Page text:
Pac-Man was first introduced in 1980, and it was an instant hit. It became a worldwide phenomenon within the video game industry, as it shattered the popular conventions set in the field by Space Invaders. It abandoned the 'shoot-em-up action' in favor of a unique, humorous, largely non-violent format that appealed to girls as well as boys.
The name of the game derives from the Japanese onomatopoeic word paku, which is the sound of opening and closing one's mouth. The name was romanized as Puck-Man in Japan, but the spelling was changed to Pac-Man for the U.S. market by Midway since the word Puck was too close to an English curse word.
The movements of the monsters were strictly deterministic—there was no random or even pseudo-randomness in the algorithms choosing their paths. Therefore, the game could be played indefinitely by learning sequences of movements (termed "patterns" or "keys") and repeating them mechanically.
Later revisions of the programming altered the behavior, but retained the determinism and thus the game remained susceptible.
A Disastrous Port
The first attempt to adapt Pac-Man to the home video game market was a disastrous failure. Atari Inc. bought the home video rights to the game, and it promoted the release of the Atari 2600 version of the game with an enormous marketing campaign. In the eyes of the public, the combination of the world's most popular home video game console with the world's most popular arcade game seemed like a "can't miss" blockbuster. However, the actual Atari 2600 adaptation of the game turned out to be (according to its critics) stiff, lifeless, and it somehow managed to remove the colorful, "fun" aspect of Pac-Man from the game. It was one of two major home video game releases (along with the Atari 2600 version of E.T) that triggered the so-called video game crash of 1983.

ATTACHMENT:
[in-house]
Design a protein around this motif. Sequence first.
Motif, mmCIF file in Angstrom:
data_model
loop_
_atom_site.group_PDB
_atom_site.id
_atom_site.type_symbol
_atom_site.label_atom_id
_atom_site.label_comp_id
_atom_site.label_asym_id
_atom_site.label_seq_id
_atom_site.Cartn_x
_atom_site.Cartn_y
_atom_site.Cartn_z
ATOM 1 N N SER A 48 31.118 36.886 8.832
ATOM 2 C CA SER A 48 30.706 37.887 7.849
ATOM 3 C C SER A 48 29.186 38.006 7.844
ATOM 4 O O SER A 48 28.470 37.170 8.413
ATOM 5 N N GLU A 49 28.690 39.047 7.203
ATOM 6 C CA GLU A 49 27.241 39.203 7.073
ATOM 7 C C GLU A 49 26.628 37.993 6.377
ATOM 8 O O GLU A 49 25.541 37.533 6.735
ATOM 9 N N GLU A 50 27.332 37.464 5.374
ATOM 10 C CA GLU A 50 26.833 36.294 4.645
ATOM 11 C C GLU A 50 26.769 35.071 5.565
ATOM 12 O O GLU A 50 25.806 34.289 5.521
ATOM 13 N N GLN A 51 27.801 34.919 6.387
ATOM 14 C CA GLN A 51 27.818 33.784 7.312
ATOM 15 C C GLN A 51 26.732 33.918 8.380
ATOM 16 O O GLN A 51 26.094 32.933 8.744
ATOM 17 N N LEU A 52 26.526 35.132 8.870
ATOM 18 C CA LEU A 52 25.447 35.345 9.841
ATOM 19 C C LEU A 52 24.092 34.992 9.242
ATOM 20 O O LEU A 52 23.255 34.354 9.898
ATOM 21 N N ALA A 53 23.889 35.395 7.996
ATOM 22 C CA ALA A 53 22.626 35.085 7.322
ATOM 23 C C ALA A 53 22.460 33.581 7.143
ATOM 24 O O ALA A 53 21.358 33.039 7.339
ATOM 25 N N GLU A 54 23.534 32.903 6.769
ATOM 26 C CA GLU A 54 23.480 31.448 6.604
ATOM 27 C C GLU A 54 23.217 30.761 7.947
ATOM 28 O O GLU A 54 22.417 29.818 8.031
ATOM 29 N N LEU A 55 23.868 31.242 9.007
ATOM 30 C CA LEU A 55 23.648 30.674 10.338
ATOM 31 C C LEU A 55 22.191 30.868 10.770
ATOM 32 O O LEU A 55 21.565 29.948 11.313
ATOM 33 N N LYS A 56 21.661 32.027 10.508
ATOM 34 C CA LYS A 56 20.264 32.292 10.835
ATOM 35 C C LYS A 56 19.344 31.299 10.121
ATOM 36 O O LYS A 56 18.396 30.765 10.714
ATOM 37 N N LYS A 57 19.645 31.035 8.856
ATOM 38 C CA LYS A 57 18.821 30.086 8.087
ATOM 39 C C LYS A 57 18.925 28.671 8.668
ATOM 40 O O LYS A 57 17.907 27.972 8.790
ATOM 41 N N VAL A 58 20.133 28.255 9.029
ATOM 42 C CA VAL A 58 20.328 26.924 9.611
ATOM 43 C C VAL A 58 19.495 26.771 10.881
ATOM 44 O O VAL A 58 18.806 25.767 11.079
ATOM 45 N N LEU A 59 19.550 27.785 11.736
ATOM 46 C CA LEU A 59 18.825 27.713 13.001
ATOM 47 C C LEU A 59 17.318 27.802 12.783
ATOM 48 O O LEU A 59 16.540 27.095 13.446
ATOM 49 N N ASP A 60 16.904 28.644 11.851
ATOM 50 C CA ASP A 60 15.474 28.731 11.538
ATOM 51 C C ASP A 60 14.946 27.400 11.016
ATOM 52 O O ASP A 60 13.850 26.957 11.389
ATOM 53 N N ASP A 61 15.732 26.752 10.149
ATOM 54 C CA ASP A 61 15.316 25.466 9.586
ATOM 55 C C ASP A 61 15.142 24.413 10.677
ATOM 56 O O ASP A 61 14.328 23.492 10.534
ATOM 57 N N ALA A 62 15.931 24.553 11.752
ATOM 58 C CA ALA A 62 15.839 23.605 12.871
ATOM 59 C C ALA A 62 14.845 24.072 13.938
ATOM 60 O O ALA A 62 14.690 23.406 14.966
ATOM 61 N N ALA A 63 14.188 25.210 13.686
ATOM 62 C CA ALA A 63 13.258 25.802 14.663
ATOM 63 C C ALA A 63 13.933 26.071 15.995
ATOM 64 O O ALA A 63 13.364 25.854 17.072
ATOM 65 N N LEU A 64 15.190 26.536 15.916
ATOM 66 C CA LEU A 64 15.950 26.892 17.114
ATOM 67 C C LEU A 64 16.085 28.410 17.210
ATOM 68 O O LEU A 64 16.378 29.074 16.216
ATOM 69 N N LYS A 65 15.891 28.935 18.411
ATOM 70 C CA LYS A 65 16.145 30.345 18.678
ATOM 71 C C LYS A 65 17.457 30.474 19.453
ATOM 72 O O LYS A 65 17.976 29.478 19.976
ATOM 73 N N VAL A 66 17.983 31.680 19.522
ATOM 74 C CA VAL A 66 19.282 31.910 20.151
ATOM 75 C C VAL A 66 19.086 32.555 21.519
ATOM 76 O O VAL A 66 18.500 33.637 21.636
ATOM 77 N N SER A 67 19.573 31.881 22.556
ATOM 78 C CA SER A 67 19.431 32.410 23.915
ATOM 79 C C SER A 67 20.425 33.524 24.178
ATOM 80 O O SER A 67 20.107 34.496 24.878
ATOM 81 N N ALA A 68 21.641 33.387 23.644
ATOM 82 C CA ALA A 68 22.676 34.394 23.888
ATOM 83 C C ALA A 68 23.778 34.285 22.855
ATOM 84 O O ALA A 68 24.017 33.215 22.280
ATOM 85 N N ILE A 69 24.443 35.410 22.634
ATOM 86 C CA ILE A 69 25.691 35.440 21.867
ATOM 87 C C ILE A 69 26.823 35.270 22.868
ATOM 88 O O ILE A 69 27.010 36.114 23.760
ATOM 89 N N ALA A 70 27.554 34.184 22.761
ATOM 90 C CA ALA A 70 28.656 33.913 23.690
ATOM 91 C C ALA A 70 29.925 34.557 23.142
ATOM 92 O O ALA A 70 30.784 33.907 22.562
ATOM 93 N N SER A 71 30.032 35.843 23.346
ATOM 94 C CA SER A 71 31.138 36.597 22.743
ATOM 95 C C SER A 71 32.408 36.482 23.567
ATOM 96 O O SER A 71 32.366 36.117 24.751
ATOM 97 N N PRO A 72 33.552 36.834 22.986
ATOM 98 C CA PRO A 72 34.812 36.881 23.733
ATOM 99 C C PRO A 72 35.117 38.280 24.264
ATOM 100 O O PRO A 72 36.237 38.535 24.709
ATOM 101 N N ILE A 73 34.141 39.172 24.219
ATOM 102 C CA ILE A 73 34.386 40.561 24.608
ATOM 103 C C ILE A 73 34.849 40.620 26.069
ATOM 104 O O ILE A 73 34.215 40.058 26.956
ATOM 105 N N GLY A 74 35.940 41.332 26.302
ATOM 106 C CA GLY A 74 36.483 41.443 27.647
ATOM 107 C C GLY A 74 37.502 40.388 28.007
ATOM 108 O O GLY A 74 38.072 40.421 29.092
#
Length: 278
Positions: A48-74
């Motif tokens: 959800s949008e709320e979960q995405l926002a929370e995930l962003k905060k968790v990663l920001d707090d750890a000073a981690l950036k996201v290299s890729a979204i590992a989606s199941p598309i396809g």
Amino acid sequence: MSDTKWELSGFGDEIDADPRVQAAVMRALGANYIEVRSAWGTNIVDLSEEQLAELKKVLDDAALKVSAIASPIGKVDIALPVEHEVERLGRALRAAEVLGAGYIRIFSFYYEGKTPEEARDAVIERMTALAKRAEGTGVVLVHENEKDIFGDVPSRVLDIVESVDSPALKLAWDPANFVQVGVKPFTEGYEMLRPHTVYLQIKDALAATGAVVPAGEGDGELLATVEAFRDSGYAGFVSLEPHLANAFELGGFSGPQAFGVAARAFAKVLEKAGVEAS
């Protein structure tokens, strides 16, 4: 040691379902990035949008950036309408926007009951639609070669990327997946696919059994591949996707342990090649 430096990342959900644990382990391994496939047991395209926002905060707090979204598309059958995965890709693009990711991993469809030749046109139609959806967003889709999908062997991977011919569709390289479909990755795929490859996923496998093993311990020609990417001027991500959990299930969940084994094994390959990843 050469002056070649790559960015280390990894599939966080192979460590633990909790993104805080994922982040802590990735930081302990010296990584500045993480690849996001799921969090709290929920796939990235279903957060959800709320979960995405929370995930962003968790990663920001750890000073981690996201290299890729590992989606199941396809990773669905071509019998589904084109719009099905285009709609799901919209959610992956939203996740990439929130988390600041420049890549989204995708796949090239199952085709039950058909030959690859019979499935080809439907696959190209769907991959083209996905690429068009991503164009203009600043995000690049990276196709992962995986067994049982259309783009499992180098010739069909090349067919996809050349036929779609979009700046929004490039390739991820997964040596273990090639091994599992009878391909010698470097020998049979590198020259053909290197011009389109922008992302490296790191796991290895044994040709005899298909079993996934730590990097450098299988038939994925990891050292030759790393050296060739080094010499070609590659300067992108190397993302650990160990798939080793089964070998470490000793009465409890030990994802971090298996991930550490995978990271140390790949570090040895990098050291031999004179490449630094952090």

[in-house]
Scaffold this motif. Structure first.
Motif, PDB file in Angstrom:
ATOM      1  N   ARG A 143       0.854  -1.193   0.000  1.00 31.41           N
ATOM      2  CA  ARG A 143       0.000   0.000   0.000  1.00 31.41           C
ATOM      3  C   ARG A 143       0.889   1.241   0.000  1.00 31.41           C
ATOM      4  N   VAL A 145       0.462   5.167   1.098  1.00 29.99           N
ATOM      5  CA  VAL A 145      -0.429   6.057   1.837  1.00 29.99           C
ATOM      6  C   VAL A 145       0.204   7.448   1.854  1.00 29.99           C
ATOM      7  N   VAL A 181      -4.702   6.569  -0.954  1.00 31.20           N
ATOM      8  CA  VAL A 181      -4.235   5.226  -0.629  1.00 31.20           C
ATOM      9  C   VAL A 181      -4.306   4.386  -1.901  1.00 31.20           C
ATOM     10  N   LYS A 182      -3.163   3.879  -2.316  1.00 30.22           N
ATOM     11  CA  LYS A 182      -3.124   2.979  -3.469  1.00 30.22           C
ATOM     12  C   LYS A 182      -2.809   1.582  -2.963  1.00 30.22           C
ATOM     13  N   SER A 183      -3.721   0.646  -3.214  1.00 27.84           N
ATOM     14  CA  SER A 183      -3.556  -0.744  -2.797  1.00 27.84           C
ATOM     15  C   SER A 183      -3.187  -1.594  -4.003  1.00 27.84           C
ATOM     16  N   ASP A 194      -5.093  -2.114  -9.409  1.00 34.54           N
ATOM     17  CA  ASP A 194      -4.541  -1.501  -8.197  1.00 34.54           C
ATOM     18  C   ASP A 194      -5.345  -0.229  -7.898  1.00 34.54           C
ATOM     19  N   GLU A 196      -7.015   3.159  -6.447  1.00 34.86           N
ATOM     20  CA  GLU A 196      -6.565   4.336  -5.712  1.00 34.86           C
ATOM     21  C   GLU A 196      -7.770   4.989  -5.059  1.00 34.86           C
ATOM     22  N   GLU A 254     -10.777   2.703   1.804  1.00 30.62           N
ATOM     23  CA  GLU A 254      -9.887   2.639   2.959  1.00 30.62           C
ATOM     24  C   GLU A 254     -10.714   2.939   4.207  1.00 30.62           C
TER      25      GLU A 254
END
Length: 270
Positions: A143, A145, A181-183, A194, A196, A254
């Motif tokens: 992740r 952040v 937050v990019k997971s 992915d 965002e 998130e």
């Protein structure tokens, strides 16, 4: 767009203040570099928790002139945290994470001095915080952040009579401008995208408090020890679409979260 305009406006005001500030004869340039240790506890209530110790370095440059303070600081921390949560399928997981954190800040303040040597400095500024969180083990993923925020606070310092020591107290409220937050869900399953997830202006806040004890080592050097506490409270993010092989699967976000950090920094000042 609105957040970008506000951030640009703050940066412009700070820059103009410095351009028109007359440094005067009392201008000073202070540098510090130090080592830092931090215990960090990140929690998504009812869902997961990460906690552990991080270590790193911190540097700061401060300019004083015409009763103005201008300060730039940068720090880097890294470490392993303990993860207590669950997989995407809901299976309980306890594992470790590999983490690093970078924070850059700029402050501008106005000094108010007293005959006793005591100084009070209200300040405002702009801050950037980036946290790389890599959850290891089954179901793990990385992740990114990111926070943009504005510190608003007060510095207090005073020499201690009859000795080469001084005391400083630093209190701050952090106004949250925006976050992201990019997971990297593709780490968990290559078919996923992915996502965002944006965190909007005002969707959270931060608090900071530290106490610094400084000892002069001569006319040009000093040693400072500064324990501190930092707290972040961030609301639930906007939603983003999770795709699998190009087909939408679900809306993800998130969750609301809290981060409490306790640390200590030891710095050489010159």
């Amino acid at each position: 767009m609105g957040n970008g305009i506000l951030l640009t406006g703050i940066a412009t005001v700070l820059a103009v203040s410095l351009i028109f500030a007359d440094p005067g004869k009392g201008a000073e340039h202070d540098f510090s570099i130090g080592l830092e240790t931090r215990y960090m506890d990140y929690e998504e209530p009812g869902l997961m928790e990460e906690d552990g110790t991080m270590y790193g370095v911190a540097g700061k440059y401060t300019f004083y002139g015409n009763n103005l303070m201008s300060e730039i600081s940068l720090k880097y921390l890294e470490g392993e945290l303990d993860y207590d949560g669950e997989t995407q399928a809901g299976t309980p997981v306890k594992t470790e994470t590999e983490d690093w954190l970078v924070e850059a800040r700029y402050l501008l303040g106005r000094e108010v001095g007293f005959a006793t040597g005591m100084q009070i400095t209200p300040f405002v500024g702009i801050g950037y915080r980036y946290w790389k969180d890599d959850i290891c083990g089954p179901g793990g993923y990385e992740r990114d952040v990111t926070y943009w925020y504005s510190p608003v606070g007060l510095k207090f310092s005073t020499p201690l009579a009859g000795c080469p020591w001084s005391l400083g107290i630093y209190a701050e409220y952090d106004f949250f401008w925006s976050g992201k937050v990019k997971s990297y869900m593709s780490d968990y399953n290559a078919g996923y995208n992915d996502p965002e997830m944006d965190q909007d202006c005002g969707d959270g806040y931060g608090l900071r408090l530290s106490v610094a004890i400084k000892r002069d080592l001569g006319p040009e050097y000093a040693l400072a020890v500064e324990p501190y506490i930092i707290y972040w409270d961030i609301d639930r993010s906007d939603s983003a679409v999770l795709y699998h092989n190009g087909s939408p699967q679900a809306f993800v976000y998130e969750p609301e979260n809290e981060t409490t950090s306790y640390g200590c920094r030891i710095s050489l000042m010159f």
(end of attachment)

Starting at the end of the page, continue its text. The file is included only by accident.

Reports have it that the miserable port of the game to the 2600 was largly due to an overzealous Atari marketing department. As Atari planned for the development of Pac-Man for the 2600, some marketing executives approached one of their principal game programmers, Tod Frye, about doing a version of the game. He said he already had a prototype developed and showed it to them. It suffered from a flashing screen and other shortcomings and just basically lacked polish. But the executives were so eager to start selling the game that they overlooked its flaws and ordered production of the game based on the unfinished prototype. Unfortunately for them, the public did not overlook its blemishes and instead purchased similar offerings from competing video game publishers.
Ironically, Atari allegedly paid Frye $1 million to produce the game in contrast to Toru Iwatani, who was only paid his usual salary for creating the original arcade game.
A great deal of Pac-Man merchandise was marketed in the 1980s, from t-shirts to toys to hand-held video game imitations. A Saturday morning TV cartoon based on the game was produced by Hanna-Barbera.
Pac-Man spawned numerous spin-off and imitative games including Ms. Pac Man, Pac Man Plus, Super Pac Man, and Jr. Pac Man; the secret level of the third episode of Wolfenstein 3D is also fashioned after one of the original Pac-Man levels.
In 2003 a new version of the game for the Nintendo Gamecube allowed five players: one got the traditional overhead view and controlled Pac-Man; the other four players controlled one ghost each and got a 3-D view of the maze from slightly overhead, with limited view.
It was rumoured that Pac-Man creator Iwatani had quit Namco because he only received a small amount of money after creating the game. In reality, Iwatani was promoted and apparently, as of 2003, is still a Namco employee.
A perfect Pac-Man game, in which the player must complete all of the 255 levels with a maximum point score without ever being eaten, was first played in 1999 by Billy Mitchell. The maximum score is 3,333,560 points.